Midnight in Paris (2011) is a Woody Allen film about a fantasy many writers have of living among their idols in the past, and features lovingly sketched caricatures of Earnest Hemingway and F. Scott Fitzgerald, among others.
To the delight of Gil Pender, the nebbish screenwriter who is magically transported from our time to theirs, these luminaries cavort through the Paris night demanding that artists love passionately and speak truly. Whereas Gil is only now learning to follow his bliss.
The most cringeworthy moment, for Gil, is one in which his shallow and derisive fiance and her pretentious friends dismiss his literary aspirations as sentimental fantasies. They’re right, of course, but speak with a total disregard for his feelings. The crux of their criticism is that Gil is too cowardly to show his novel to anyone and not enough interested in other people’s opinions.
That’s all set to change, however, when Gil steps through the looking glass and into a flapper party straight out of the Twenties. There he encounters his literary idols and, immediately entranced, starts asking them to read his work. Apparently, he wasn’t afraid, he just wanted the evaluation of somebody he considered truly worthy. That or he had the good sense not to show it to his mean-spirited companions.
Finding readers is an interesting conundrum for writers. It must be done, but you’re almost certain not to like what they have to say. Good critiques push for improvements, sometimes contradictory ones, and it’s up to the author to sift for gems. On top of that, hearing criticism requires an ego strong enough to withstand it. There are those that thrive by this process and those who wither.
In Paris in the 1920s of course, writers workshops did not exist as they do now. Instead they had salons, the most famous of which was Gertrude Stein’s. These meetups served some of the same purpose as a writing group, but without the formalities. Gil visits a salon and gets direct input of the most basic sort. He is told to fix one big thing, and in a single day rewrites the first four chapters. In reality this is not how these things work, of course.
Peter Turchi has a thoughtful and realistic discussion of writer workshops at his website. He describes them as laboratories and medical theaters, acknowledging that they can be instructive, but warning that they are too often “intent on finding fault.” Turchi says all writers have “horror stories to tell: stories about rude behavior, harsh comments, savage ‘advice,’ someone trying to dictate how someone else should write, writers in tears, writers enraged, or friends who feel obliged to ‘defend’ each others’ work.”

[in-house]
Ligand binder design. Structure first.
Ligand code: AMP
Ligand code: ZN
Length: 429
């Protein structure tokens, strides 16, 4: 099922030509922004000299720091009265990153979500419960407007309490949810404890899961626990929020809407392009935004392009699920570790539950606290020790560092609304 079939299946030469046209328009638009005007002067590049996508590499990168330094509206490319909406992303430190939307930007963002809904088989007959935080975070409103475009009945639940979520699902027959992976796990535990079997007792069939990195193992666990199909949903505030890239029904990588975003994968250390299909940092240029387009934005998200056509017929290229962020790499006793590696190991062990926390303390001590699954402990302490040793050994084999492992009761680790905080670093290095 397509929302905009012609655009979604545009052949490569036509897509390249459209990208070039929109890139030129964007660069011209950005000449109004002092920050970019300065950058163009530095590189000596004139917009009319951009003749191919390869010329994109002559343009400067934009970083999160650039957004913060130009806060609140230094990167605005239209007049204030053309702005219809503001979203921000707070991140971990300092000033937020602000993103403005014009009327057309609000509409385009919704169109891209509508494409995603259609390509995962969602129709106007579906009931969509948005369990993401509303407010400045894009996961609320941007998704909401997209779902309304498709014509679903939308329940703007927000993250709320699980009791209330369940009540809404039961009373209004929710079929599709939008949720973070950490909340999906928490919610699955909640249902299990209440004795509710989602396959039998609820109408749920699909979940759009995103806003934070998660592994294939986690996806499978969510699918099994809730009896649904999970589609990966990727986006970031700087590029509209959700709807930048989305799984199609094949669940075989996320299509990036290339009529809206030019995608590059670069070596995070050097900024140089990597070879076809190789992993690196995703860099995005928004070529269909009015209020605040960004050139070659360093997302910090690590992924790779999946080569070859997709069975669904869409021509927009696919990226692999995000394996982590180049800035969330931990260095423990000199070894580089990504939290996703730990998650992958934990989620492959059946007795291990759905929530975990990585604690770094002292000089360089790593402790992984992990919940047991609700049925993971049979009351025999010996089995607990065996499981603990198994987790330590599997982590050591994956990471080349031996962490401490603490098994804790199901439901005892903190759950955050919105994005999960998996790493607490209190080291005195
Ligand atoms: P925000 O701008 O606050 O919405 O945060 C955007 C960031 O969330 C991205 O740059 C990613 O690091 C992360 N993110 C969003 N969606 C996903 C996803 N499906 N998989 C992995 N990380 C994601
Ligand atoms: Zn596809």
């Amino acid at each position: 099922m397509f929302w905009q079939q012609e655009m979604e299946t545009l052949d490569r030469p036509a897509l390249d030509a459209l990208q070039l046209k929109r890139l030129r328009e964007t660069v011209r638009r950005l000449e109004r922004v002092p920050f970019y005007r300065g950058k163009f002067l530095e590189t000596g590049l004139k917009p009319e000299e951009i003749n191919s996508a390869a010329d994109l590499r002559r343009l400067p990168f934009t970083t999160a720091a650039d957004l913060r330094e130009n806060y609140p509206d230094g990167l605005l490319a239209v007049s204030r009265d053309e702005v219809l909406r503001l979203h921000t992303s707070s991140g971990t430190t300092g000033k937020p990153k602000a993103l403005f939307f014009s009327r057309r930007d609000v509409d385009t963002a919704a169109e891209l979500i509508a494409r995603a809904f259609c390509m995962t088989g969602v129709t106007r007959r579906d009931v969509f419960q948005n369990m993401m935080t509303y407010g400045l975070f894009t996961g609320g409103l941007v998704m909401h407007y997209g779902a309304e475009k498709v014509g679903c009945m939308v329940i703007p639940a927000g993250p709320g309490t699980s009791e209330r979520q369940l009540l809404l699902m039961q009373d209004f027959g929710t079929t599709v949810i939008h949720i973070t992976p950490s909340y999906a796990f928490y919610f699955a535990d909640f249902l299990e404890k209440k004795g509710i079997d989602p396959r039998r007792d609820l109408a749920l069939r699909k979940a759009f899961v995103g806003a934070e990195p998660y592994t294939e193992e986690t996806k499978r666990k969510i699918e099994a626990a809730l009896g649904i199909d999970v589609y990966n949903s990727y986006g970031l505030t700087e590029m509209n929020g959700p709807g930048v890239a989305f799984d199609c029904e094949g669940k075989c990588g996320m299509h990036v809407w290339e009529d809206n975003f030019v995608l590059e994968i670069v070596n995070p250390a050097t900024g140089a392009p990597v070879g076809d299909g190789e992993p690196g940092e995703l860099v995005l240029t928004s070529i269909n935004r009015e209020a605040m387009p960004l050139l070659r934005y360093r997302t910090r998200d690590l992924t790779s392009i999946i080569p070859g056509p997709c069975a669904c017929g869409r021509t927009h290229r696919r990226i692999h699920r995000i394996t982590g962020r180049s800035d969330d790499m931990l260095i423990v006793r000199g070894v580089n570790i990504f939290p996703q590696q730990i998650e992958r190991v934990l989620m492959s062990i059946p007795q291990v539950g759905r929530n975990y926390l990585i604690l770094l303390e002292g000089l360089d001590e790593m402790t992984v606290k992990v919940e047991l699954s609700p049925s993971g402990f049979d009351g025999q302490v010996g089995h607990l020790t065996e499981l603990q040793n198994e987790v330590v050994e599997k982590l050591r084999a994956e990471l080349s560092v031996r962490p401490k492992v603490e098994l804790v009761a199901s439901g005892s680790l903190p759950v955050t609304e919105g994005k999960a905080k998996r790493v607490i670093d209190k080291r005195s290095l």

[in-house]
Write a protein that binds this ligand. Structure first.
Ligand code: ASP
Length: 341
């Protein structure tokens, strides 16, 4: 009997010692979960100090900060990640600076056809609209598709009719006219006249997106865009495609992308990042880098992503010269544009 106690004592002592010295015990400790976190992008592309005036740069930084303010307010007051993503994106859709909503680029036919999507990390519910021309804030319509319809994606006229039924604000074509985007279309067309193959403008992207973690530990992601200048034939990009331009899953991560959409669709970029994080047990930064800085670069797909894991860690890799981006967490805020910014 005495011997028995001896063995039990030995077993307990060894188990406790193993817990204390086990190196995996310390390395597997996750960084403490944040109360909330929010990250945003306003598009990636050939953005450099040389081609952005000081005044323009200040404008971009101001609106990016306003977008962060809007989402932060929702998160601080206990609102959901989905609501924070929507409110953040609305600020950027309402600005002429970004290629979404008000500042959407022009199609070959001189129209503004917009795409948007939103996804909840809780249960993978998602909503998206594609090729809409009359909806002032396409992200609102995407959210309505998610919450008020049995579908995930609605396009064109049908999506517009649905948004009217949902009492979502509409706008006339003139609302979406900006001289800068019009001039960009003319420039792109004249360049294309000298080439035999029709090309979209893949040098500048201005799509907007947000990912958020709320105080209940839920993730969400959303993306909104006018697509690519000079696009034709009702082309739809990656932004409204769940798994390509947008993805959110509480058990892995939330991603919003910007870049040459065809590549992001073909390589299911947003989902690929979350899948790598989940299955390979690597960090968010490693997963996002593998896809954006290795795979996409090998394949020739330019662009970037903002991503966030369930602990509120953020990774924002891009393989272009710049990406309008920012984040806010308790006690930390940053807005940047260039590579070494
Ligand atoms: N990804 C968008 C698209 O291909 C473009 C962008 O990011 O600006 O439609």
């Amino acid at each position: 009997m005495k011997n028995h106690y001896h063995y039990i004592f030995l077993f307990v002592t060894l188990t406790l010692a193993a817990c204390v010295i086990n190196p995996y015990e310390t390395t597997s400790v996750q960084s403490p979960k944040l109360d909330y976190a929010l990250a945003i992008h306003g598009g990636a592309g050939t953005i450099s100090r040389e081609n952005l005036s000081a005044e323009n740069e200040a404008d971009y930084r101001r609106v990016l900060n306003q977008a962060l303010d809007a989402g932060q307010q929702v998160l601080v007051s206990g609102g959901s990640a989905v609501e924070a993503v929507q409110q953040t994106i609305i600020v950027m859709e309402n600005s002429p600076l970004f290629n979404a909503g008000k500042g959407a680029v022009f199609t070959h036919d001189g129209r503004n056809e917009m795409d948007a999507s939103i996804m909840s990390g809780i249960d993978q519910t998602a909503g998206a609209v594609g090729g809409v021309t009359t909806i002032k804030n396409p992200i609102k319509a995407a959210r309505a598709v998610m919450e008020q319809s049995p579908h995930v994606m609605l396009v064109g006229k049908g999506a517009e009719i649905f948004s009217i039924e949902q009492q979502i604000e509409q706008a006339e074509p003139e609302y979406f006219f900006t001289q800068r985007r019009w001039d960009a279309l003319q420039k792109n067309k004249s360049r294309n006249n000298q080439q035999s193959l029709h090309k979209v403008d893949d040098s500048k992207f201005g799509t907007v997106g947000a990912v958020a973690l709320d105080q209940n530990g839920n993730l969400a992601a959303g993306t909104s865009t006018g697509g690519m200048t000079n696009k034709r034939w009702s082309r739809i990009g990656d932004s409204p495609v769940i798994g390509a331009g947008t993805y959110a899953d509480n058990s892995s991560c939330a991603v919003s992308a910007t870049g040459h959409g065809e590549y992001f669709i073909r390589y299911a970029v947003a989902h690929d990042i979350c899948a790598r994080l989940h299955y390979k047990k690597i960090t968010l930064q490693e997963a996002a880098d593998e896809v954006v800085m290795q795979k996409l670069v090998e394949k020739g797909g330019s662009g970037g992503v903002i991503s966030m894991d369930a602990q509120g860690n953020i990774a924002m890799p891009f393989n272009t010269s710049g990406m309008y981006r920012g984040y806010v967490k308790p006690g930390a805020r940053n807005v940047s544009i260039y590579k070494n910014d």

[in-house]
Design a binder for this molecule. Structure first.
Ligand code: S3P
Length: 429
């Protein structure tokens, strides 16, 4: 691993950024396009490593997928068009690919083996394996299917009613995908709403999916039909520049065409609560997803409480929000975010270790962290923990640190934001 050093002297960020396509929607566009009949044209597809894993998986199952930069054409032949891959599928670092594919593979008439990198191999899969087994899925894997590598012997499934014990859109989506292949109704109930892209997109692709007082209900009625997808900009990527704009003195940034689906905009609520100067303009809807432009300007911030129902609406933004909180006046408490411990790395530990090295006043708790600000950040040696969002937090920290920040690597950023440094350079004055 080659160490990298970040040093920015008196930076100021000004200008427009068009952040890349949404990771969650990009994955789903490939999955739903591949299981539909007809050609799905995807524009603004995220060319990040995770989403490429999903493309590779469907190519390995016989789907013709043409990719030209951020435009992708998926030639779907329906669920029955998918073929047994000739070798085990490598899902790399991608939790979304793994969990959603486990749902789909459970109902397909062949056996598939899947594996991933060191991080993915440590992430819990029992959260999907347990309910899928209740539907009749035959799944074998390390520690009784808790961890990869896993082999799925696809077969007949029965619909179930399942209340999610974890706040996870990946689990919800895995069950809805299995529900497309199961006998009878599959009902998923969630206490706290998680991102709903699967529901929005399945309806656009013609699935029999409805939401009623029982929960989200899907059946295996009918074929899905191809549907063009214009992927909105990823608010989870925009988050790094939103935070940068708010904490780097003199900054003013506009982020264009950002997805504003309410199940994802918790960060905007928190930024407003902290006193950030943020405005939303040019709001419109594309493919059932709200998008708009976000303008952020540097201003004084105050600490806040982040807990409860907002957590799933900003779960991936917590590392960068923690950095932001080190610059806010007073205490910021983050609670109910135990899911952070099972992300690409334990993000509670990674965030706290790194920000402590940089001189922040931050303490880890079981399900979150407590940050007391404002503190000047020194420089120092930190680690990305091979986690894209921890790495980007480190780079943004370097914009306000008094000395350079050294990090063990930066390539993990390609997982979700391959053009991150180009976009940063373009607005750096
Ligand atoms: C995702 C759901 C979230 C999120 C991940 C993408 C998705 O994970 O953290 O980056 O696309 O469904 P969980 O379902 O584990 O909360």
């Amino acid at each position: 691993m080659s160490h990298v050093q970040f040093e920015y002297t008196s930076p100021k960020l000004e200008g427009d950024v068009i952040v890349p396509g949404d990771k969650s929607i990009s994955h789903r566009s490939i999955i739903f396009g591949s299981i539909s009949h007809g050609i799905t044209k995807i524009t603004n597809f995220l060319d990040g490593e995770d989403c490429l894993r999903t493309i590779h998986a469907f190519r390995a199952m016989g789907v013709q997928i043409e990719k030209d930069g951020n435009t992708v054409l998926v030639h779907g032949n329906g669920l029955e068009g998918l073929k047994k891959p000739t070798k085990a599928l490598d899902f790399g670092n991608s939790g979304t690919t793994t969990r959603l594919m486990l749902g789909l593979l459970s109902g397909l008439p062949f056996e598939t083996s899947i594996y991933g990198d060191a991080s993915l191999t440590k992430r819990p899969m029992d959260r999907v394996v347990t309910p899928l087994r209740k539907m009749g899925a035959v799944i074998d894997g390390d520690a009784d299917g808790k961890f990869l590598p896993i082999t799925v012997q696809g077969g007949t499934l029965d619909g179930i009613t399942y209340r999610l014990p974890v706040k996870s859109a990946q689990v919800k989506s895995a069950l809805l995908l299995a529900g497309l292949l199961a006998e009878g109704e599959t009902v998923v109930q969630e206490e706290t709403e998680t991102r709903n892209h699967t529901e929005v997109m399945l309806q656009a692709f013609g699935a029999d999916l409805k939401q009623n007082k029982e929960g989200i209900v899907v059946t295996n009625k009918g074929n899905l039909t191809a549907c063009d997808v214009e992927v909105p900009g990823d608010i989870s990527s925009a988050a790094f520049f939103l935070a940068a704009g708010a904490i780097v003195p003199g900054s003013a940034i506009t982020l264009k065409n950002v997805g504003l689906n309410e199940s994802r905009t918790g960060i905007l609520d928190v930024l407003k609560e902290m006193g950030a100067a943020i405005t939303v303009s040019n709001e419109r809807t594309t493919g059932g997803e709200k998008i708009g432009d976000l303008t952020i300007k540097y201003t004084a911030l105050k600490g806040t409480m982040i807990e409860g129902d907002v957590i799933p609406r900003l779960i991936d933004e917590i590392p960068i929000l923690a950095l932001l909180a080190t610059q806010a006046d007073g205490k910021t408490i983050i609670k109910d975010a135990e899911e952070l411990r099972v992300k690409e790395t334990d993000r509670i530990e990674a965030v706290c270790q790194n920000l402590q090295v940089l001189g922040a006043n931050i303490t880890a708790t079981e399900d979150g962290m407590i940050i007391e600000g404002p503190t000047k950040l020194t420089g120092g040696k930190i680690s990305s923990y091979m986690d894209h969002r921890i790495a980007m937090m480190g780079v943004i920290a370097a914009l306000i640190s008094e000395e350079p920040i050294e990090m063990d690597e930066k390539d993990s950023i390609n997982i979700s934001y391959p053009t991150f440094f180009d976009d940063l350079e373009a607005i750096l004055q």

The reasons for this are reflected in the film when the Hemingway character, asked if he will read Gil’s novel, says something to the effect of, “I already know that I will hate it. If it’s bad, I will hate it because it’s bad, if it’s good I will hate it because I did not write it. All writers are competitors.”
To get away from the jealousies and trash talk, Turchi recommends focusing on a work’s intentions first and then taking the foray into craft.
One of the most useful things a workshop can do for the writer is to reflect the intention of the work back to her. It is of course helpful to give the writer suggestions for developing the work; and it’s useful for every writer to learn to diagnose the ailments of a draft that falls short. But falls short of what? If the conversation doesn’t begin by trying to recognize the work’s intention, there’s a great risk that the suggestions offered will be suggestions for ways to make the story what the speaker thinks it should be, or could be, or might be.
This puts the critique firmly on the side of the author, and to my mind that’s the only place to be in a workshop. In this regard, Midnight in Paris may be a bit flip with the details, but its feeling is correct. What Gil gets at the salon is a thoughtful critique, delivered in a respectful manner, with no other intention save the improvement of the work. He takes this critique to heart, and produces something better.
At some point Gil quotes Hemingway to himself, saying that all modern American literature can be traced back to Huckleberry Finn. Twain is a great example in critique, too; he always shared his unpublished manuscripts with “a private group of friends.” In the following video, read by John Lithgow, Twain describes the 14 types of people whose opinions he sought. It’s an amusing and insightful look at how writers get feedback.
Who is Mark Twain? from Flash Rosenberg on Vimeo.